Throughout this year, Habitat for Humanity of Greater Plymouth will be holding several events in celebration of the affiliate’s 25th anniversary, including the annual Hearts & Hammers Gala, which will be held in person this year on Friday, Oct. 7, at the Hotel 1620 in Plymouth. All are welcome to attend.
The origins of the local chapter of this international organization dedicated to ensuring affordable housing actually date back to 1995, when two local ministers and a cranberry grower – the Rev. Bob Merritt, the Rev. Dick Coleman and Wayne Barnes – came together with a small group of committed people to help their neighbors. They had a vision of building in the Habitat model of partner homeowners working side-by-side with volunteers to construct decent, affordable housing. Initially a chapter of South Shore Habitat for Humanity, this group wanted to focus on creating affordable housing in the “Cranberry Country” of southern Plymouth County – specifically in the towns of Plymouth, Kingston, Carver, Middleborough, Lakeville and Plympton.
In 1997, the affiliate was incorporated under the laws of the Commonwealth of Massachusetts as a separate entity with its own Board of Directors and corps of dedicated volunteers. By 2000, the first partner homeowner and her two daughters occupied their home and the affiliate was on its way to building a steady stream of more homes.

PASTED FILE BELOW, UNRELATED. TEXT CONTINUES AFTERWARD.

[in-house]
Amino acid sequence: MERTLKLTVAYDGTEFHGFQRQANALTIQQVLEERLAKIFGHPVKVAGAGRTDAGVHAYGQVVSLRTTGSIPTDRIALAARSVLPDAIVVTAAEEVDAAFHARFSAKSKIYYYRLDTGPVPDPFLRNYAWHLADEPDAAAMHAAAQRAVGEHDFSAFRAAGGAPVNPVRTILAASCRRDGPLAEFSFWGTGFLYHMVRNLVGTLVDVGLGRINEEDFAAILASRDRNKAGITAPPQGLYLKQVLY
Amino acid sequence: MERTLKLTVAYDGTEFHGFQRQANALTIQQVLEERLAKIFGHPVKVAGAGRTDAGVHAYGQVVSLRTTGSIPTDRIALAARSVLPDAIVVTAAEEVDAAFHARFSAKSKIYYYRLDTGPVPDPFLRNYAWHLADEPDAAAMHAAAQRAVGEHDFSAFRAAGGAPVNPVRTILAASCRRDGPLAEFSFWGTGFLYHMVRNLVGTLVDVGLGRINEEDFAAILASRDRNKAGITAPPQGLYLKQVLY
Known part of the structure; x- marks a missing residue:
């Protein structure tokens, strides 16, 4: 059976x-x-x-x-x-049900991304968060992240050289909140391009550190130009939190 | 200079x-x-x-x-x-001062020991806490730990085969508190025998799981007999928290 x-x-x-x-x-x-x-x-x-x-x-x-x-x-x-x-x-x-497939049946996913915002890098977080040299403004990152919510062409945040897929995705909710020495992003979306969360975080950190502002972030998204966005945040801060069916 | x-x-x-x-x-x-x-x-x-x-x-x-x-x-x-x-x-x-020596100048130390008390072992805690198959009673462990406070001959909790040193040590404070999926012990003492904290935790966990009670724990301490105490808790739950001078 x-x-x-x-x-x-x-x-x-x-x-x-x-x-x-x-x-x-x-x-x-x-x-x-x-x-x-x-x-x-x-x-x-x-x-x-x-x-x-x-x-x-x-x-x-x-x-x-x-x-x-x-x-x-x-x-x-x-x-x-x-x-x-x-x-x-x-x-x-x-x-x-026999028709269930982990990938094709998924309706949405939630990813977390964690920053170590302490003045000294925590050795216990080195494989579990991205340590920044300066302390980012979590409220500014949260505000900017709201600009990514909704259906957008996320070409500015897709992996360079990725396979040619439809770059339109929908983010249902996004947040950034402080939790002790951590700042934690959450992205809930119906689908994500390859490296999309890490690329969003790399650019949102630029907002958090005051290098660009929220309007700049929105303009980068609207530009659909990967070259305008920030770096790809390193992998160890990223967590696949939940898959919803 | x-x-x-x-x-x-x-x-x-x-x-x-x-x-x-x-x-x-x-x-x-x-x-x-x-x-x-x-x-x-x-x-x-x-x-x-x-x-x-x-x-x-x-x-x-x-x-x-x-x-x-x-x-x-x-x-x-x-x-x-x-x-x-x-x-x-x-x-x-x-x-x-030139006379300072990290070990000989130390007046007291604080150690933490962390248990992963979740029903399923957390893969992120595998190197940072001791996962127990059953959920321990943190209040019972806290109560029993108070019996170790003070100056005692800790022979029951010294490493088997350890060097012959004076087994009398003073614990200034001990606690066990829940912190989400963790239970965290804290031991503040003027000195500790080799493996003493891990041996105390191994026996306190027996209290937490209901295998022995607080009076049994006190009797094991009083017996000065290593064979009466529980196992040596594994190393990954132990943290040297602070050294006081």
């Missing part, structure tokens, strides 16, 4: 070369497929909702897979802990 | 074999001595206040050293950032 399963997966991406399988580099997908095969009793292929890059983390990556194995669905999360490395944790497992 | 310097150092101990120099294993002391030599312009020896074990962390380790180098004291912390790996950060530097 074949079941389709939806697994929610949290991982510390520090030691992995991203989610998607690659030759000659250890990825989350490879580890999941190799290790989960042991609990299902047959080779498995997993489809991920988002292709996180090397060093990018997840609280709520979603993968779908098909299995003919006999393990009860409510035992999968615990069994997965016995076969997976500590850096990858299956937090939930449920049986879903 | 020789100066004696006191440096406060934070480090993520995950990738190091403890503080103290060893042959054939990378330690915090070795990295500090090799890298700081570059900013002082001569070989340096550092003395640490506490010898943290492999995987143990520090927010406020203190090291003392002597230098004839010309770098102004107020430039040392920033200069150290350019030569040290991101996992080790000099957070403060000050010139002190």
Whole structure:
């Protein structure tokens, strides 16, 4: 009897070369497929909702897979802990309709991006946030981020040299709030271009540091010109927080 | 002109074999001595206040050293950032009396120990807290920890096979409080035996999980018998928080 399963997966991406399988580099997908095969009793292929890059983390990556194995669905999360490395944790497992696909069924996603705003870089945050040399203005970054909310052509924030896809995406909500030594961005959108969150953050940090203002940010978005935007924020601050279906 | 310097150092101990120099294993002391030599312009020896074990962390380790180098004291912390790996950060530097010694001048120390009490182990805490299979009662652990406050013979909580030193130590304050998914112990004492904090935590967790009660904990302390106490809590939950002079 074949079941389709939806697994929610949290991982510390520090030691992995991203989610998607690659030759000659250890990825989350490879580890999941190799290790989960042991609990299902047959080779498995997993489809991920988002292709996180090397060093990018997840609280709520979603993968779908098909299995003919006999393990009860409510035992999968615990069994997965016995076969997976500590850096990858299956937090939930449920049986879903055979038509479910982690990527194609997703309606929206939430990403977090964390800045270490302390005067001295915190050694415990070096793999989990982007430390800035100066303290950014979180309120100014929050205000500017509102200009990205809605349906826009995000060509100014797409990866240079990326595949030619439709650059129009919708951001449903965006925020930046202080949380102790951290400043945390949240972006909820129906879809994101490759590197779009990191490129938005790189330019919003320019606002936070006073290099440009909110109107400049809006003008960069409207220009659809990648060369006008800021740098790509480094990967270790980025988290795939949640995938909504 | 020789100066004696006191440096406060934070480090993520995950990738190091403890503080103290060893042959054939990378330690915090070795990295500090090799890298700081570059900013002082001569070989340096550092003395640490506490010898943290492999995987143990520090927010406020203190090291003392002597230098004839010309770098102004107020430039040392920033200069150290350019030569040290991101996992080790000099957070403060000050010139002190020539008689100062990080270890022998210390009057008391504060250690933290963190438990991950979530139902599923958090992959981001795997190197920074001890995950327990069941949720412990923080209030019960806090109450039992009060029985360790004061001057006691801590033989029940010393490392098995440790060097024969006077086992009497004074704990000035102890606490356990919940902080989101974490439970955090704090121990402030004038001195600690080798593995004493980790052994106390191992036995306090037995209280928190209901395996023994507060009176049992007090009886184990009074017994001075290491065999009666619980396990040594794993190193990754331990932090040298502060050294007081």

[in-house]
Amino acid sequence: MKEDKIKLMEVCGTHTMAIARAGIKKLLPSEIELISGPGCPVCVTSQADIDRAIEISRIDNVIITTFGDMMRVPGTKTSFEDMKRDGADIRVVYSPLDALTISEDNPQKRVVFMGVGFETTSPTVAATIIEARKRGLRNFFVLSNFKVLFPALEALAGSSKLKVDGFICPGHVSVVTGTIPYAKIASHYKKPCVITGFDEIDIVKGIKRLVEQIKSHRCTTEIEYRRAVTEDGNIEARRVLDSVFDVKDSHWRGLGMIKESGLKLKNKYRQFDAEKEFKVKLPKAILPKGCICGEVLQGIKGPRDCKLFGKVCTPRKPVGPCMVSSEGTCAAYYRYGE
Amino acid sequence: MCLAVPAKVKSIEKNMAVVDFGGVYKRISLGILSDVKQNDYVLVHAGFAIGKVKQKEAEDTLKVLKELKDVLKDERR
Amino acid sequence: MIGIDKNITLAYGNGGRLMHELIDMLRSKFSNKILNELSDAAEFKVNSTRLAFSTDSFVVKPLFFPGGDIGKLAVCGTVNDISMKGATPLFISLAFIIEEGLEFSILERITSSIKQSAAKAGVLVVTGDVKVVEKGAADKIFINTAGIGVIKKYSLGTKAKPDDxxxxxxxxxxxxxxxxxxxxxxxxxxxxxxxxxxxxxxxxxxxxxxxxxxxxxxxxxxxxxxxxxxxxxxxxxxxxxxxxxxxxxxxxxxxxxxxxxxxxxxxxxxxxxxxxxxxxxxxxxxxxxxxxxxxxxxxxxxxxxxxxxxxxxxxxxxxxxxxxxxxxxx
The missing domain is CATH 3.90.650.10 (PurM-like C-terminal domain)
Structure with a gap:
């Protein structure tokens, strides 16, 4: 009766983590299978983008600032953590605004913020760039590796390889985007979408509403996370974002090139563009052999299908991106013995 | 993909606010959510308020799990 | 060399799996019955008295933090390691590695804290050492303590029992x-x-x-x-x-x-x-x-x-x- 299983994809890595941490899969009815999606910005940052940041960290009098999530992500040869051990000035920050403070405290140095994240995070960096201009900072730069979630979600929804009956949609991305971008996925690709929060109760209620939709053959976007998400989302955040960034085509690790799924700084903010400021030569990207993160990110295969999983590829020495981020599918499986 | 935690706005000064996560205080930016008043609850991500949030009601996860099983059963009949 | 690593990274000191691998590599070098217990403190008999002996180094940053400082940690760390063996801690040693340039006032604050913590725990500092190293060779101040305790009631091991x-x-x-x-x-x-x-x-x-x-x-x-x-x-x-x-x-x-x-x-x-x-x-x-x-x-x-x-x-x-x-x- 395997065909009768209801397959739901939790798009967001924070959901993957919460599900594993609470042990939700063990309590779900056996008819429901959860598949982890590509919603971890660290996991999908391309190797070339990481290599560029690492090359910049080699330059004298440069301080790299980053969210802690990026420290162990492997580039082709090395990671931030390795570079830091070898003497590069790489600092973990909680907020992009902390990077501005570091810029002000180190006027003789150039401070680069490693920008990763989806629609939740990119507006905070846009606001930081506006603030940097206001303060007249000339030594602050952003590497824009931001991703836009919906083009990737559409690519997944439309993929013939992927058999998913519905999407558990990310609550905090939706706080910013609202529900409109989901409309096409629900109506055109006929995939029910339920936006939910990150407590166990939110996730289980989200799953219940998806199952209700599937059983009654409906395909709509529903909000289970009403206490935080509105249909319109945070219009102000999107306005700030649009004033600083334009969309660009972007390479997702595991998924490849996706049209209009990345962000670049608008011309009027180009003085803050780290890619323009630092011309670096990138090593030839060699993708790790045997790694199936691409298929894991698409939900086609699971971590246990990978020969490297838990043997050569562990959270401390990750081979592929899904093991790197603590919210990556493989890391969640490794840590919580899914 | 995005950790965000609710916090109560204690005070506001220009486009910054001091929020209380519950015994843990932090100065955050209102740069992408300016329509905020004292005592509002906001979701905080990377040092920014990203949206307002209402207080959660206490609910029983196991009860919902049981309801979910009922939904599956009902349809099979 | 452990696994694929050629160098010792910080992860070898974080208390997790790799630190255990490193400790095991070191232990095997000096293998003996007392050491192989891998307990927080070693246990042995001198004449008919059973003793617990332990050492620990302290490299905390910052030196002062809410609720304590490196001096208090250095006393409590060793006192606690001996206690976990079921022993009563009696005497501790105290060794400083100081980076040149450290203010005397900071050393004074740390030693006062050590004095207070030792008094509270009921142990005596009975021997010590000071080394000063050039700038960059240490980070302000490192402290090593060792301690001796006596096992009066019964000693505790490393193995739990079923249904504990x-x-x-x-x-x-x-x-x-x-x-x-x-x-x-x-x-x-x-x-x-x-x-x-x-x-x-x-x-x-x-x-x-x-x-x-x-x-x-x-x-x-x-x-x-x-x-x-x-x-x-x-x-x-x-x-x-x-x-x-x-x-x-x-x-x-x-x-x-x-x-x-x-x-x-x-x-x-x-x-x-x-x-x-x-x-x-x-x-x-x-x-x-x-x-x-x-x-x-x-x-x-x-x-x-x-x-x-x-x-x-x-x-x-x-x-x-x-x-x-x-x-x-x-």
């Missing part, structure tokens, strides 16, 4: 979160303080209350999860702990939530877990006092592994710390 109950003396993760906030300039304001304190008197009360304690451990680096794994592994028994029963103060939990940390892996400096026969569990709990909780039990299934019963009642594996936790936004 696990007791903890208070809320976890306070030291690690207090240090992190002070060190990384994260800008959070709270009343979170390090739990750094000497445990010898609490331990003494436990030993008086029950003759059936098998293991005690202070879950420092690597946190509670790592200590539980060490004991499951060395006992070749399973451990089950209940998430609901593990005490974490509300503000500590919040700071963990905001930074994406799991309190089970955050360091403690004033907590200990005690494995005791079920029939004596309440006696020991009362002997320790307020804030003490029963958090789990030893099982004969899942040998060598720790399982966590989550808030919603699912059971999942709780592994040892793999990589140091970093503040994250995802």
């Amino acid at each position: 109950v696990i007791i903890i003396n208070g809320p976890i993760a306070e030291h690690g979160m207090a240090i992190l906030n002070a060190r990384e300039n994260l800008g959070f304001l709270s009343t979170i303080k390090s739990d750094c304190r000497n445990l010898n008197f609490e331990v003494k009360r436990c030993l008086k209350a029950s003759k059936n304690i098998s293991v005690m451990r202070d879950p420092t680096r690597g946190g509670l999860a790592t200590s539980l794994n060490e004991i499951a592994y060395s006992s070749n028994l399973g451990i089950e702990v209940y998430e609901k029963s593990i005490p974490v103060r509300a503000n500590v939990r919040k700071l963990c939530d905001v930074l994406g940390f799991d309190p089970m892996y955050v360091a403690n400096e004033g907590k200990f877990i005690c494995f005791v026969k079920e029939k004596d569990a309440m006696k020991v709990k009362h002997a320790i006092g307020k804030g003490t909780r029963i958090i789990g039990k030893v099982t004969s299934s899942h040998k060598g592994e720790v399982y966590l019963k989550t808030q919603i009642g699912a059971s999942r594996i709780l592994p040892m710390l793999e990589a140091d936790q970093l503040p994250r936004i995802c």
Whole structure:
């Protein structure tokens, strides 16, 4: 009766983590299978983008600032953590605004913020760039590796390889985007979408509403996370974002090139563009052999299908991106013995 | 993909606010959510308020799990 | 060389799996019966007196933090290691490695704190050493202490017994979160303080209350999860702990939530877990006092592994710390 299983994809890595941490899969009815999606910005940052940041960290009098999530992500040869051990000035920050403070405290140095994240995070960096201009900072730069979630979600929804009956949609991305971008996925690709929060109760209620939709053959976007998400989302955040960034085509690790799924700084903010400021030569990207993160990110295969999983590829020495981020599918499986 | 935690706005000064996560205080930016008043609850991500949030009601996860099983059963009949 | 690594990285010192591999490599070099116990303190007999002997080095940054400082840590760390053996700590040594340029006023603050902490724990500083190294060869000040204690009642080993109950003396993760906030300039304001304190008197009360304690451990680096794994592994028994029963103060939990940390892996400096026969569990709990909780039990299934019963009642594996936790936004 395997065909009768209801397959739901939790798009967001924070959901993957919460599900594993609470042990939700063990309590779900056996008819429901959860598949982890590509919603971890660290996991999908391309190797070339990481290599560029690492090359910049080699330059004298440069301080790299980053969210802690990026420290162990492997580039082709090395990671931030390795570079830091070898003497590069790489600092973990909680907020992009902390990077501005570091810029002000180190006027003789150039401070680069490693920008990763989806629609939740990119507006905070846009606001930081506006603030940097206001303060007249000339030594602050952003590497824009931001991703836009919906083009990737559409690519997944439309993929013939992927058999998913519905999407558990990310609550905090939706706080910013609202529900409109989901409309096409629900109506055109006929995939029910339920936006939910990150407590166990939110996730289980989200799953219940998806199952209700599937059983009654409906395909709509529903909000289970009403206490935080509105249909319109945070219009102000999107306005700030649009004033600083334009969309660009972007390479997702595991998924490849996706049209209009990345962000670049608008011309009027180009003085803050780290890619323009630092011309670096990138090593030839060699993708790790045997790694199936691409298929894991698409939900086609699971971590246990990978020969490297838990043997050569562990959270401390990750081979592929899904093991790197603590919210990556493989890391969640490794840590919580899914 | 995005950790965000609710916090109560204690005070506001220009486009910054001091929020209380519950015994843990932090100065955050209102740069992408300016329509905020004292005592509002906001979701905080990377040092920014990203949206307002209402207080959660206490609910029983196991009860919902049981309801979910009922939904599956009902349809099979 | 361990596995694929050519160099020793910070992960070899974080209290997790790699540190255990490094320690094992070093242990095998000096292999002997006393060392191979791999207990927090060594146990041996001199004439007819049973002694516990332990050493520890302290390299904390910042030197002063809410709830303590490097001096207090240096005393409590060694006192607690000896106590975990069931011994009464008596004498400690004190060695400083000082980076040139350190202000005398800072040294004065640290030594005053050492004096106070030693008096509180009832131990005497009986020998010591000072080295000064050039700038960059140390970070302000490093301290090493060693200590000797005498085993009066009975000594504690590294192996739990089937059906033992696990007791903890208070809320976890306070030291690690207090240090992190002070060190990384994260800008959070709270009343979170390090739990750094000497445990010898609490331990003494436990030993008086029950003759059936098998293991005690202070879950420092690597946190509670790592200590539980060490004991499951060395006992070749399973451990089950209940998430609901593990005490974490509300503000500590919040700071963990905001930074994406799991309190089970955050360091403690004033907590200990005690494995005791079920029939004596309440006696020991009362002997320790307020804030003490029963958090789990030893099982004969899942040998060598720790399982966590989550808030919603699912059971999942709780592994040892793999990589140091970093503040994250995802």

In July 2007, the affiliate opened the first ReStore in Massachusetts, Habitat’s social enterprise which helps to fund the organization’s mission work. Donated, gently-used furniture, appliances and other homes goods are sold to the public at discounted prices. The ReStore relocated in 2020 to an improved location in Carver.
In 2014, the Greater Plymouth affiliate became a certified Veteran Build Affiliate of Habitat for Humanity International, in order to better engage and serve the veteran community.
To date, Habitat for Humanity of Greater Plymouth has built 13 homes and has completed major rehab projects on another six. The homes have been occupied by 72 people with 58 children growing up in them. This affiliate has also completed more than 70 repair, weatherization and/or disability ramp projects through its Brush with Kindness program.
In April, the organization began a significant home renovation project in Plymouth for the family of a young woman who has suffered loss of mobility and vision due to contracting Stevens Johnson Syndrome, a rare disease caused by severe reaction to prescribed medication.
More information can be found at www.hfhplymouth.org.